We have an extensive network of therapists and medical professionals ready to consult with you on this important decision. Visit our professional network to find a professional psychedelic therapist near you.
- Yasmin Anwar, M. R. M. 6, & Anwar, Y. (2019, May 16). Ayahuasca fixings found in 1,000-year-old Andean Sacred Bundle. Berkeley News. Retrieved December 7, 2022, from https://news.berkeley.edu/2019/05/06/ayahuasca-sacred-bundle/
- Hwang KAJ, Saadabadi A. Lysergic Acid Diethylamide (LSD) [Updated 2022 Jul 11]. In: StatPearls [Internet]. Treasure Island (FL): StatPearls Publishing; 2022 Jan-. Available from: https://www.ncbi.nlm.nih.gov/books/NBK482407/
- Schmid Y, Liechti ME. Long-lasting subjective effects of LSD in normal subjects. Psychopharmacology (Berl). 2018 Feb;235(2):535-545. doi: 10.1007/s00213-017-4733-3. Epub 2017 Sep 16. PMID: 28918441; PMCID: PMC5813062.
- Preller KH, Razi A, Zeidman P, Stämpfli P, Friston KJ, Vollenweider FX. Effective connectivity changes in LSD-induced altered states of consciousness in humans. Proc Natl Acad Sci U S A. 2019 Feb 12;116(7):2743-2748. doi: 10.1073/pnas.1815129116. Epub 2019 Jan 28. PMID: 30692255; PMCID: PMC6377471.
- Holze, F., Gasser, P., Müller, F., Dolder, P. C., & Liechti, M. E. (2022). Lysergic acid diethylamide–assisted therapy in patients with anxiety with and without a life-threatening illness: A randomized, double-blind, placebo-controlled phase II study. Biological Psychiatry. https://doi.org/10.1016/j.biopsych.2022.08.025
- Calleja, Conde, J., Morales, García, J. A., Echeverry, Alzate, V., Bühler, K. M., Giné, E., & López, Moreno, J. A. (2022). Classic psychedelics and Alcohol Use Disorders: A systematic review of human and Animal Studies. Addiction Biology, 27(6). https://doi.org/10.1111/adb.13229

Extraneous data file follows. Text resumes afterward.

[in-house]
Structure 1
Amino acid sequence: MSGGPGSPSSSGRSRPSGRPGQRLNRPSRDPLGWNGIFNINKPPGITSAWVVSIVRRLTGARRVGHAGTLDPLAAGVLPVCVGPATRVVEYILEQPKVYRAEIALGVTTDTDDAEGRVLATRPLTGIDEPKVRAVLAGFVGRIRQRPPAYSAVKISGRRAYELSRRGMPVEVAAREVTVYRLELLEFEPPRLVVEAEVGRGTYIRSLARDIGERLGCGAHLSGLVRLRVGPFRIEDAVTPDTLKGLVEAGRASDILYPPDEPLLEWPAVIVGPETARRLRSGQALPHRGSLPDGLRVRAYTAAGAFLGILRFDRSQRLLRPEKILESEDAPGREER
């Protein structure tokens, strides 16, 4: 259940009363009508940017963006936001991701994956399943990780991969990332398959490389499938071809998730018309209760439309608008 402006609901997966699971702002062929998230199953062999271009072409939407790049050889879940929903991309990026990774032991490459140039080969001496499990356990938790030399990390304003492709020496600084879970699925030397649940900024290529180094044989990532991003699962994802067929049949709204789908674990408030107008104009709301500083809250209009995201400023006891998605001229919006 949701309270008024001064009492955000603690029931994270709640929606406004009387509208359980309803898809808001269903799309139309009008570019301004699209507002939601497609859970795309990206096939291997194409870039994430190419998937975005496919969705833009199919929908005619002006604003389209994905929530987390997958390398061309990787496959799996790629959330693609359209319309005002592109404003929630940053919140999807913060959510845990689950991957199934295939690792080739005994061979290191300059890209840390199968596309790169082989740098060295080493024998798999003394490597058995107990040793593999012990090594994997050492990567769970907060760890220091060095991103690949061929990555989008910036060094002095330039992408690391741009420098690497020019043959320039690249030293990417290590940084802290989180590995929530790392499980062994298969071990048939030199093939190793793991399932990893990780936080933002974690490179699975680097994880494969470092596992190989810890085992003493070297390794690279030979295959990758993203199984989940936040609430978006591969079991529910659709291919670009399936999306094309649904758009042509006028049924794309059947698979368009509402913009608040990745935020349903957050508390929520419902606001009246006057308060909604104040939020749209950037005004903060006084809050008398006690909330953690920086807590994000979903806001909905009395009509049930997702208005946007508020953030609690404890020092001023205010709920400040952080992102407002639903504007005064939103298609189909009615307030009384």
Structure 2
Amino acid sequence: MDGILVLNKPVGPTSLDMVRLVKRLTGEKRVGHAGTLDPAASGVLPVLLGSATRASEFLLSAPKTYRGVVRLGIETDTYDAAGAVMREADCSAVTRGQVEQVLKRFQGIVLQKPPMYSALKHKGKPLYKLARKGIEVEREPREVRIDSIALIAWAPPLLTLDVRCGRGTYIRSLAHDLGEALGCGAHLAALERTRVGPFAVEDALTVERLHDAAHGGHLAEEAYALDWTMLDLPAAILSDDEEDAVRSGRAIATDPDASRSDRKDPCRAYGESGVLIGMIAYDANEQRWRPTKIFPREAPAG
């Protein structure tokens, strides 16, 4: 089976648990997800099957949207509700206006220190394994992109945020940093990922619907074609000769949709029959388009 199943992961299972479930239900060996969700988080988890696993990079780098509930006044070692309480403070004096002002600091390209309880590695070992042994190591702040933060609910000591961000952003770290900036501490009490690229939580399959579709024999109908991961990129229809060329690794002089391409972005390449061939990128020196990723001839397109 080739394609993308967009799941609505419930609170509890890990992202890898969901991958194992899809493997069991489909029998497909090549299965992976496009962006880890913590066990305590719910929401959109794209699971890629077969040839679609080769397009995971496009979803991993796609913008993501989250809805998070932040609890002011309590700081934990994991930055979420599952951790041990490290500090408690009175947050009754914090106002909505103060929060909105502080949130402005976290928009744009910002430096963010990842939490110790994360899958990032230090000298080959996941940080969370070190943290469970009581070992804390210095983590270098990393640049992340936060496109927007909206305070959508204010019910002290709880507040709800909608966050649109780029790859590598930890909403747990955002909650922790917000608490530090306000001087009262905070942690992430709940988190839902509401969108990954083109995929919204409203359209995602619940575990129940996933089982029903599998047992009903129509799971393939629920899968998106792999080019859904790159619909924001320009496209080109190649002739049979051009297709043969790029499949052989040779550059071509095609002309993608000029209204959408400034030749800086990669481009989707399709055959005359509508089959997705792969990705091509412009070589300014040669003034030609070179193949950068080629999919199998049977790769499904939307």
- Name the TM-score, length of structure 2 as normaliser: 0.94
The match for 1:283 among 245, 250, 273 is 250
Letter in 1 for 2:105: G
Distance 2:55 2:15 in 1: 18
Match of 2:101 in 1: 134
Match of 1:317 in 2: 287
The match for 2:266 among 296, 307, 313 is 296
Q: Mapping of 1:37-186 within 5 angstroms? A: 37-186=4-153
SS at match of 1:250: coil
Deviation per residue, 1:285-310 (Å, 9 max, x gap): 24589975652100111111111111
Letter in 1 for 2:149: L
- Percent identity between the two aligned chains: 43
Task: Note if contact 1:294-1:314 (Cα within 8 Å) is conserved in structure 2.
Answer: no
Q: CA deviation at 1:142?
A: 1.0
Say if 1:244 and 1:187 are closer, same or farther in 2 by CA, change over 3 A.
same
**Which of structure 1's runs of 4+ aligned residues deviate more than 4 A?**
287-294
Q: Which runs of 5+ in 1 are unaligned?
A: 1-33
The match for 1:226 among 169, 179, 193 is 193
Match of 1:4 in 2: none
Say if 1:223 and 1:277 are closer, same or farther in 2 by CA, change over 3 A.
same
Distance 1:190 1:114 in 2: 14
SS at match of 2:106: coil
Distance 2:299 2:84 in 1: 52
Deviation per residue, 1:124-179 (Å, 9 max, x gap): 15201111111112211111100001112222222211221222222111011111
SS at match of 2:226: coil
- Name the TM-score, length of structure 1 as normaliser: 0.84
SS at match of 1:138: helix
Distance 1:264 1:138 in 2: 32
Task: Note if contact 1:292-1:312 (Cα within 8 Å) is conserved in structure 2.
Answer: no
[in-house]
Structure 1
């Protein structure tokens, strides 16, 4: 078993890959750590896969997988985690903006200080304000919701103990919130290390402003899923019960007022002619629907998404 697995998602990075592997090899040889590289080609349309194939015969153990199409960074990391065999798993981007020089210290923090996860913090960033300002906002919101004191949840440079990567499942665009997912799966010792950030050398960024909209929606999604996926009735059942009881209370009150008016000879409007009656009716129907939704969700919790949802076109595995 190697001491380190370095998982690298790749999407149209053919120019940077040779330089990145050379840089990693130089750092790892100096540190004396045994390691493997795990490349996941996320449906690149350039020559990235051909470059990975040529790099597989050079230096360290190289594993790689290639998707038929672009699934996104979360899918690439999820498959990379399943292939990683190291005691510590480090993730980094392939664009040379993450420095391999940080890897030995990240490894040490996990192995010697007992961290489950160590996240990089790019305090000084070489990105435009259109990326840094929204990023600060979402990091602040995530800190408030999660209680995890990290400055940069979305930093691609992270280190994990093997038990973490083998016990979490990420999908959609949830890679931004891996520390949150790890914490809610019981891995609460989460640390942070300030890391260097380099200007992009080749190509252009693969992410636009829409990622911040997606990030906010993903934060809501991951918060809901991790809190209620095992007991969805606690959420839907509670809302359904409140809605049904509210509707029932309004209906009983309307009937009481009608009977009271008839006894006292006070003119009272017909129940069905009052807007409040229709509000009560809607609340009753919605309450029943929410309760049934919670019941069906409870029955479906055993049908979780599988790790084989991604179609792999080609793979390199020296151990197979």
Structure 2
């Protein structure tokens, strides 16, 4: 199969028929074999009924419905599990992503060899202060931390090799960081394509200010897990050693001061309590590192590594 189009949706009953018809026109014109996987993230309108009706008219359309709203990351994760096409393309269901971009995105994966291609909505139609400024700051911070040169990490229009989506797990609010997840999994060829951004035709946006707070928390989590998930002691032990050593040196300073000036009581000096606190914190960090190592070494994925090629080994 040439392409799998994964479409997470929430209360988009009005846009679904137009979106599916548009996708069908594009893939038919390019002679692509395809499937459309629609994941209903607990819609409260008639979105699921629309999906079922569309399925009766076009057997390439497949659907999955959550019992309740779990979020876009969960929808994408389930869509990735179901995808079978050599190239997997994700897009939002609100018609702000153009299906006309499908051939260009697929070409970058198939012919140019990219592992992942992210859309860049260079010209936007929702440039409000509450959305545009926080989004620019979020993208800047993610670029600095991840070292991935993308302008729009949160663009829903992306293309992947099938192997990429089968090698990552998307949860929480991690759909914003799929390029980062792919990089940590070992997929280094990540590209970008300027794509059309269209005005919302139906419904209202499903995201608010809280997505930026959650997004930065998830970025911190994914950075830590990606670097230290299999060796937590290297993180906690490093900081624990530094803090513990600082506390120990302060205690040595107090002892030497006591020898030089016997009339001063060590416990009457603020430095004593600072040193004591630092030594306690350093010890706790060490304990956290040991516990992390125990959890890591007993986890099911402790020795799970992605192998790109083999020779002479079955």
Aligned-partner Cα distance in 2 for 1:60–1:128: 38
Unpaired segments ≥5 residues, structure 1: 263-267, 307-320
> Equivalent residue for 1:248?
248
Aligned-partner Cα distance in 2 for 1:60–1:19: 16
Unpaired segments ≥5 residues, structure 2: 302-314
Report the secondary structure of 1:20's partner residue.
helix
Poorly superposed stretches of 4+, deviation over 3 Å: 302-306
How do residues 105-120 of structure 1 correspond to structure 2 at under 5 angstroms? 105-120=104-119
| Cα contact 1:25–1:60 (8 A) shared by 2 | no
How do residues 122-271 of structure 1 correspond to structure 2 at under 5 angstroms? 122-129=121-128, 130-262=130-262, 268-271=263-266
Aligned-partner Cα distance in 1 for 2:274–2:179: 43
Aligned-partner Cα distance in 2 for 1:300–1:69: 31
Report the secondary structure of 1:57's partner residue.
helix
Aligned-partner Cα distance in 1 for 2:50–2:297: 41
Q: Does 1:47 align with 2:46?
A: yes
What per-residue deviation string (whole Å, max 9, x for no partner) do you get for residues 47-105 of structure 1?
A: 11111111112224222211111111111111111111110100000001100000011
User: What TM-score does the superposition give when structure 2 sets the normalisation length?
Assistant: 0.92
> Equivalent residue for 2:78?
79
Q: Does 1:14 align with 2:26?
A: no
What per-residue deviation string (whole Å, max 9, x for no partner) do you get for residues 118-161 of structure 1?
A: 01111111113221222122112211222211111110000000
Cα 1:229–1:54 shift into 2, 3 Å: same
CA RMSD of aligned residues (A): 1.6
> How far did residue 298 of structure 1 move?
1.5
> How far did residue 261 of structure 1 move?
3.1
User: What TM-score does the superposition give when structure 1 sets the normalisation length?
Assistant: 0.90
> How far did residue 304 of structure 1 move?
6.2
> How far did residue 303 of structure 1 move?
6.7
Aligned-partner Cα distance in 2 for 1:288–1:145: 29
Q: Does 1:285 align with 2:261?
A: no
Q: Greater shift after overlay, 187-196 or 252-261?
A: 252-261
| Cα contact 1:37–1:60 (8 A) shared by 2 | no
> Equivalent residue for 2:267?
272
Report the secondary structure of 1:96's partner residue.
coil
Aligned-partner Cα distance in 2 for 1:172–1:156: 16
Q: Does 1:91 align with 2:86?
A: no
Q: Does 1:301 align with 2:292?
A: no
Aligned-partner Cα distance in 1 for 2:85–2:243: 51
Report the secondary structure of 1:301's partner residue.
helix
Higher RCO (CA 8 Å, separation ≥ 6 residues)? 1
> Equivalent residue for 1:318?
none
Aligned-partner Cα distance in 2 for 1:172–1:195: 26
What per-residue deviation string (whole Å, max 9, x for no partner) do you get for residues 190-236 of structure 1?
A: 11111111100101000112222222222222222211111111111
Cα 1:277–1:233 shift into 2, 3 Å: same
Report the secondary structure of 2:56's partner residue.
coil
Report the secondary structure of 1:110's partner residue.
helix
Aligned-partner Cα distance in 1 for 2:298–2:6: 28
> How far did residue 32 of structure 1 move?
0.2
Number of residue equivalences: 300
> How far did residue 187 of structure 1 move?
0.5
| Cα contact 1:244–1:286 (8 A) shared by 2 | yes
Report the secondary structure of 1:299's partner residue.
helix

- Garcia, A. C., & Maia, L. de. (2022). The therapeutic potential of psychedelic substances in hospice and Palliative Care. Progress in Palliative Care, 30(1), 1–3. https://doi.org/10.1080/09699260.2022.2001140
- Vann Jones, S. A., & O’Kelly, A. (2020). Psychedelics as a treatment for Alzheimer’s disease dementia. Frontiers in Synaptic Neuroscience, 12. https://doi.org/10.3389/fnsyn.2020.00034
- Krippner, S., & Sulla, J. (2000). Identifying Spiritual Content in Reports From Ayahuasca Sessions. The International Journal of Transpersonal Studies.
- Shannon, B. (2002). The Antipodes of the Mind: Charting the Phenomenology of the Ayahuasca Experience. Oxford University Press.
- Timmermann, C., Roseman, L., Williams, L., Erritzoe, D., Martial, C., Cassol, H., Laureys, S., Nutt, D., & Carhart-Harris, R. (2018). DMT models the near-death experience. Frontiers in Psychology, 9. https://doi.org/10.3389/fpsyg.2018.01424
- Zeifman, R.J., Singhal, N., dos Santos, R.G. et al. Rapid and sustained decreases in suicidality following a single dose of ayahuasca among individuals with recurrent major depressive disorder: results from an open-label trial. Psychopharmacology 238, 453–459 (2021). https://doi.org/10.1007/s00213-020-05692-9
- enelli M, Fletcher J, Tupper KW, Files N, Loizaga-Velder A, Lafrance A. An exploratory study of experiences with conventional eating disorder treatment and ceremonial ayahuasca for the healing of eating disorders. Eat Weight Disord. 2020 Apr;25(2):437-444. doi: 10.1007/s40519-018-0619-6. Epub 2018 Nov 24. PMID: 30474794.
- Frecska E, Bokor P, Winkelman M. The Therapeutic Potentials of Ayahuasca: Possible Effects against Various Diseases of Civilization. Front Pharmacol. 2016 Mar 2;7:35. doi: 10.3389/fphar.2016.00035. PMID: 26973523; PMCID: PMC4773875.